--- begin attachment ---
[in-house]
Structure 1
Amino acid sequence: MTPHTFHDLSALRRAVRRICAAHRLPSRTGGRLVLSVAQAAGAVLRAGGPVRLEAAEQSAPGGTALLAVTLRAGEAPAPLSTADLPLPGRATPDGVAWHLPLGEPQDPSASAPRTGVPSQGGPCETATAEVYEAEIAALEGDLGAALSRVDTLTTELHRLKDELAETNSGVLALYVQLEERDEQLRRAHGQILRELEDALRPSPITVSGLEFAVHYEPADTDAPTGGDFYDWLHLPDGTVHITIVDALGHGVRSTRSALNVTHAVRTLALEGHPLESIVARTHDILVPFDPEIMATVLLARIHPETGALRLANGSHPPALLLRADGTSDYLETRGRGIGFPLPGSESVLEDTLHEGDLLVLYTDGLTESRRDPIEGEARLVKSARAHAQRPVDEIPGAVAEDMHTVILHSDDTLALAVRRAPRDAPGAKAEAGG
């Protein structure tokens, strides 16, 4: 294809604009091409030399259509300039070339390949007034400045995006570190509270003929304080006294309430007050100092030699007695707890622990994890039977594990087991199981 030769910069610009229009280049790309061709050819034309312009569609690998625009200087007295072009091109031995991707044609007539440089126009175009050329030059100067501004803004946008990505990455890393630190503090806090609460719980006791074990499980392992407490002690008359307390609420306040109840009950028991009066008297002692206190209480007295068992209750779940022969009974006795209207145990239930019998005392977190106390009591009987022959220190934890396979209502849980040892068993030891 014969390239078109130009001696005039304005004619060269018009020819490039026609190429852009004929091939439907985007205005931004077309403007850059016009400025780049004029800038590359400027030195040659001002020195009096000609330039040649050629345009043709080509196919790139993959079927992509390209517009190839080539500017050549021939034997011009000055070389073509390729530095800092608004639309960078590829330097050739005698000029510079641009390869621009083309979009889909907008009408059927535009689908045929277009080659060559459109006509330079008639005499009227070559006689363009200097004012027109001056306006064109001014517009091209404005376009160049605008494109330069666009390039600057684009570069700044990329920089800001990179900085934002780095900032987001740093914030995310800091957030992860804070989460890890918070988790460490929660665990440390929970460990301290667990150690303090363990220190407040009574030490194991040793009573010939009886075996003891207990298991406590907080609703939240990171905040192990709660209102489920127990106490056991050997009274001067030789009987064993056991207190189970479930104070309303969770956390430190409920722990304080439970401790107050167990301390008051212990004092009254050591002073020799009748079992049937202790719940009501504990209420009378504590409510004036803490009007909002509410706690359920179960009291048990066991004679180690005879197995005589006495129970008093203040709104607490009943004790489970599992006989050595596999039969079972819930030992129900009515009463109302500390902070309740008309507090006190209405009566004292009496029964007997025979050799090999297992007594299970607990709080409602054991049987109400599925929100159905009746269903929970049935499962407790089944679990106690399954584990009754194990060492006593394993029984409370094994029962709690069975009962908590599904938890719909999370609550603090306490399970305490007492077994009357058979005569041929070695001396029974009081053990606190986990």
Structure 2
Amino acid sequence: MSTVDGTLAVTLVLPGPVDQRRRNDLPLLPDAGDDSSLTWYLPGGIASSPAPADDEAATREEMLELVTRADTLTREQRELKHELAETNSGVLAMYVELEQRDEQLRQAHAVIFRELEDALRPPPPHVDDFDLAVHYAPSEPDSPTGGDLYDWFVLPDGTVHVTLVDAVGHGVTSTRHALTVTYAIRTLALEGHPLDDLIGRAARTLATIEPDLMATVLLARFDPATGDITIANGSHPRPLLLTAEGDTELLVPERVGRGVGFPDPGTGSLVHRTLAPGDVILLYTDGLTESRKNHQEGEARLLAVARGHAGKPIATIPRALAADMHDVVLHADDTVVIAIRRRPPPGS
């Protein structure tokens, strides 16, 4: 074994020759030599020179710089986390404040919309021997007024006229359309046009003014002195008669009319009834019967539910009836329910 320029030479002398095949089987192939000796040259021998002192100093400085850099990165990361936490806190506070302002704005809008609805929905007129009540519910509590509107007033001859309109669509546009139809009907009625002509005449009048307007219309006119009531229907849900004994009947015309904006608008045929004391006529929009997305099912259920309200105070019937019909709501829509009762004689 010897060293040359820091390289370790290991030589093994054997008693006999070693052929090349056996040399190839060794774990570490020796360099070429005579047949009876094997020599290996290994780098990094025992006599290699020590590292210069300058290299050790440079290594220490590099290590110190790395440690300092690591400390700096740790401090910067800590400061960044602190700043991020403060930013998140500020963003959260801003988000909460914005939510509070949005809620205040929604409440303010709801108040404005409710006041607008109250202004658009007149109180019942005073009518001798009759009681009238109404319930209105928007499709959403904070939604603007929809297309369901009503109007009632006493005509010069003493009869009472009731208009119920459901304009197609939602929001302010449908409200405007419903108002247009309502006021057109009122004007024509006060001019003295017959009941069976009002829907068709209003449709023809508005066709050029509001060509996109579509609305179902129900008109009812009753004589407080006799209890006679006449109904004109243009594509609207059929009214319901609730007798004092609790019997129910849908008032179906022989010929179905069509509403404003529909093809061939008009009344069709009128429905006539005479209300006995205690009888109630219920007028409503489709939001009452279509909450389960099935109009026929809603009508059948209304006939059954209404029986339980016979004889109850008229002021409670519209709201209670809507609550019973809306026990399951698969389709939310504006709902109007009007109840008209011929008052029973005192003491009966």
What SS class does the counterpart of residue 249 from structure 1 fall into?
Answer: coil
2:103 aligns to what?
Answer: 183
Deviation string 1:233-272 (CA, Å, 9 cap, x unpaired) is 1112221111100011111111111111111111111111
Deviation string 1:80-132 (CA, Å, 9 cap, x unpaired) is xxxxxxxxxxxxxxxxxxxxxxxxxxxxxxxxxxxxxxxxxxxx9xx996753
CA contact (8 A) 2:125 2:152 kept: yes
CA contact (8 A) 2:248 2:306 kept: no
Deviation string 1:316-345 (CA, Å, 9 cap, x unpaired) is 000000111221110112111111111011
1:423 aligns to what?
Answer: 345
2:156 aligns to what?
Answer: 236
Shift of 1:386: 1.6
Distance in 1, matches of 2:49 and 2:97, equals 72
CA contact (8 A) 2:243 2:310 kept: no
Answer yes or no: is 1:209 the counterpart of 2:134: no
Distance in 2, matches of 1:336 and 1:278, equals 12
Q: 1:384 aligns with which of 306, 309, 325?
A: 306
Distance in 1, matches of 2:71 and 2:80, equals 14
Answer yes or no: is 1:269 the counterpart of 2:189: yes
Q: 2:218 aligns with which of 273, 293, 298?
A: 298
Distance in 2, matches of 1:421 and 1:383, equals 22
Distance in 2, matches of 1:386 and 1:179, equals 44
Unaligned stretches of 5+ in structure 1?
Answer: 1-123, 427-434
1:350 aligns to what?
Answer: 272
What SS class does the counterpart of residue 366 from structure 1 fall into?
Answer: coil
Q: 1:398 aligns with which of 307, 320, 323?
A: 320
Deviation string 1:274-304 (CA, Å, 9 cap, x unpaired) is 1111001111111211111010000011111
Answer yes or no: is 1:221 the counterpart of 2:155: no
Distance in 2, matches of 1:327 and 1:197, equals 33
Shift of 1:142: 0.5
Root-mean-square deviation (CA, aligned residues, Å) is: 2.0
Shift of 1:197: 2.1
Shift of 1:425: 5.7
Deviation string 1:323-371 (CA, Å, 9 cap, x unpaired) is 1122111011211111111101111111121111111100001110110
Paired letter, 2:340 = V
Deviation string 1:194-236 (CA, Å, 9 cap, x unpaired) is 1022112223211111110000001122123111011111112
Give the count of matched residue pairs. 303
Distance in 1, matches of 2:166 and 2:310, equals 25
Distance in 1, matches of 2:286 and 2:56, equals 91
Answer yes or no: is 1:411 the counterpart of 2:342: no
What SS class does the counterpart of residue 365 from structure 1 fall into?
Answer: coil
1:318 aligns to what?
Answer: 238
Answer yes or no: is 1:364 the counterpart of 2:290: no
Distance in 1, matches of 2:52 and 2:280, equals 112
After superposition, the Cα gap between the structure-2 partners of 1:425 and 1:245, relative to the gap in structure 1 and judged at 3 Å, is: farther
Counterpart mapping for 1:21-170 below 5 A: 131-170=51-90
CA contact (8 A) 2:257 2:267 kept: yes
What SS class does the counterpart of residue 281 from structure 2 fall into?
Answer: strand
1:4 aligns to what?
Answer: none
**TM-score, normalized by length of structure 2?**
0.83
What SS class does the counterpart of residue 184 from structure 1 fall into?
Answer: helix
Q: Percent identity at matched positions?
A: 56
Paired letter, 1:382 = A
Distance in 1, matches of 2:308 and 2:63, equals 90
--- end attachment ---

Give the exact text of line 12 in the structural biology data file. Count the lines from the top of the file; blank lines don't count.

Deviation string 1:233-272 (CA, Å, 9 cap, x unpaired) is 1112221111100011111111111111111111111111